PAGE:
Parkinson's chair at meet

Andrew Dunn
Andrew Dunn
When his father was diagnosed with Parkinson's disease, Andrew Dunn had difficulty finding information about the neuro-degenerative disorder.

He and three other men were the founding members of the Parkinsonism Society of New Zealand - now known as Parkinson's New Zealand - which celebrated its 25th anniversary last year.

Mr Dunn, now living in Oamaru, is chairman of the board of Parkinson's New Zealand and recently returned from the seventh Asia Pacific Parkinson's Association Programme in New Delhi.

The title of the conference was Achieving Balance.

Various research papers were presented with Mr Dunn delivering a presentation on Parkinson's New Zealand.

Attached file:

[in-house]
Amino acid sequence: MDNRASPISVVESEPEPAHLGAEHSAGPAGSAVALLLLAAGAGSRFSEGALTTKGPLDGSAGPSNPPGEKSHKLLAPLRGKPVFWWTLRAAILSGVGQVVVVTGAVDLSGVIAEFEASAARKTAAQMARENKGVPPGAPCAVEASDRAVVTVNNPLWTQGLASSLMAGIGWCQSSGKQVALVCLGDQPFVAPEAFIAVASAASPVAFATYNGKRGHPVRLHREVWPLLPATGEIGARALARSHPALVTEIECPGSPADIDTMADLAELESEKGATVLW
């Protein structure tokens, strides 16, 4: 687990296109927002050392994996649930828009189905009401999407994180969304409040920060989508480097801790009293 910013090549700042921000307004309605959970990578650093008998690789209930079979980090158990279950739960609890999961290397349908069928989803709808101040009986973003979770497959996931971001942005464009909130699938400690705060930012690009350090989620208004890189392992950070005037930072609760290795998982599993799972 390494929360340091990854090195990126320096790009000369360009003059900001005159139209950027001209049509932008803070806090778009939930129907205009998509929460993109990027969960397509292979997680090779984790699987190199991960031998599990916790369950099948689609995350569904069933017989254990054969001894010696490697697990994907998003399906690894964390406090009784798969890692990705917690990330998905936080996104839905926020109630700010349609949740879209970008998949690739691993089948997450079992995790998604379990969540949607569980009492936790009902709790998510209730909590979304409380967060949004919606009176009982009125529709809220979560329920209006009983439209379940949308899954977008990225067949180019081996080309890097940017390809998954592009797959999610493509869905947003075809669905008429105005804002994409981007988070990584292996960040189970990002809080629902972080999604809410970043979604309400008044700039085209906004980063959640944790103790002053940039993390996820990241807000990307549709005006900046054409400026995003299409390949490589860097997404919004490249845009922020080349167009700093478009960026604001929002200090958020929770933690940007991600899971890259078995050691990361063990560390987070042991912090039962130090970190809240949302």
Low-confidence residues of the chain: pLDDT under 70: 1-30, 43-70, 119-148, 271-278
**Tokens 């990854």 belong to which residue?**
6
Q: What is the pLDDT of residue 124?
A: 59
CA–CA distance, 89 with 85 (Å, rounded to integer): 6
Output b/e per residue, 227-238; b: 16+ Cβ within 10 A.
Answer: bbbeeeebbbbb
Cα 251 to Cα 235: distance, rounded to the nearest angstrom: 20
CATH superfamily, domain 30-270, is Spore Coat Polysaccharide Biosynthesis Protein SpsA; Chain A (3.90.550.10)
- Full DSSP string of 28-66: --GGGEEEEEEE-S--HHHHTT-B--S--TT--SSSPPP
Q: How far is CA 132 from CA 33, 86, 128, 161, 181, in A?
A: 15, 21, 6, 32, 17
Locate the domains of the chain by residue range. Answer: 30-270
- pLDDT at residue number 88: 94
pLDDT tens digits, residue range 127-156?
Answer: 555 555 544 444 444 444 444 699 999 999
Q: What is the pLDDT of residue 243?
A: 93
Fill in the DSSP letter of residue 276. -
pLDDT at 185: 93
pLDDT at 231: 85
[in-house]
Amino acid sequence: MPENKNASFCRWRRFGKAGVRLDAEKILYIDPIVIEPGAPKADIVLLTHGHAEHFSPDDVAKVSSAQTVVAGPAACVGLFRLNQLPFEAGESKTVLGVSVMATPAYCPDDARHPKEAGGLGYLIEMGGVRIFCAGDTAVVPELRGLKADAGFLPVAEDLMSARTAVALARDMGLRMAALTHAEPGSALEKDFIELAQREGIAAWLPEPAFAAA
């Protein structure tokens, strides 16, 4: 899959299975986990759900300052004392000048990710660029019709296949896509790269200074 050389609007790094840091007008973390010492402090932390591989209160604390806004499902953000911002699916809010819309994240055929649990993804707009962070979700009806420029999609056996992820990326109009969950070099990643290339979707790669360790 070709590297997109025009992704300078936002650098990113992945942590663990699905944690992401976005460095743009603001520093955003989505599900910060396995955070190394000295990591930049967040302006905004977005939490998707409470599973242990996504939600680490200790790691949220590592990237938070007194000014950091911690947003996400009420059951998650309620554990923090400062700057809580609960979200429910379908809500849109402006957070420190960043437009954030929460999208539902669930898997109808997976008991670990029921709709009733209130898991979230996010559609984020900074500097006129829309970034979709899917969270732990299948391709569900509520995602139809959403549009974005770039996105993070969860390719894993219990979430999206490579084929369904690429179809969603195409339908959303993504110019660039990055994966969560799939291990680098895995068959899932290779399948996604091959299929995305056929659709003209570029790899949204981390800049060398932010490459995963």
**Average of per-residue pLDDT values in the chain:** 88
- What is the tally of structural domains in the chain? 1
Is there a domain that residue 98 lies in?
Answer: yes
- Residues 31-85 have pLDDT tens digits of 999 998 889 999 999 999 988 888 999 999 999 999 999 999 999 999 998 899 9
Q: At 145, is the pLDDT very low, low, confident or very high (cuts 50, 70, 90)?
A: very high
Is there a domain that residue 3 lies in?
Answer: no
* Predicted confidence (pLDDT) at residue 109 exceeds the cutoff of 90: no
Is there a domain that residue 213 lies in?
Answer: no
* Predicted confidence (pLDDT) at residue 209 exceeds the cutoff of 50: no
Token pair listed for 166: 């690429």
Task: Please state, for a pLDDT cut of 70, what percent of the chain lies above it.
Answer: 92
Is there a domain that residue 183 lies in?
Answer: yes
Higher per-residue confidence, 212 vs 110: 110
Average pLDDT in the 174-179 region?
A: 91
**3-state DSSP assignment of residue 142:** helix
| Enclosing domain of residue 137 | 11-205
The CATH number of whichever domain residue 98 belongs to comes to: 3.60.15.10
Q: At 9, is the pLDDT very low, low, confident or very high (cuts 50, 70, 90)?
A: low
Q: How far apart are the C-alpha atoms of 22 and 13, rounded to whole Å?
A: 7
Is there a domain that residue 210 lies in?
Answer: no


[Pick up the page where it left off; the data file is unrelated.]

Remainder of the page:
Another conference - the second Asian and Oceanian Parkinson's Disease and Movement Disorders Congress - for health professionals, was run concurrently.

Parkinson's is a slowly progressive condition, which occurs when insufficient quantities of the chemical dopamine are produced by the brain.

This results in key neurological symptoms - changes in movement, balance and co-ordination.

Other changes in the body and brain may also occur.

Having grown from small beginnings, Parkinson's New Zealand provides education, information and support to people living with Parkinsonism conditions, their carers, families and health professionals.

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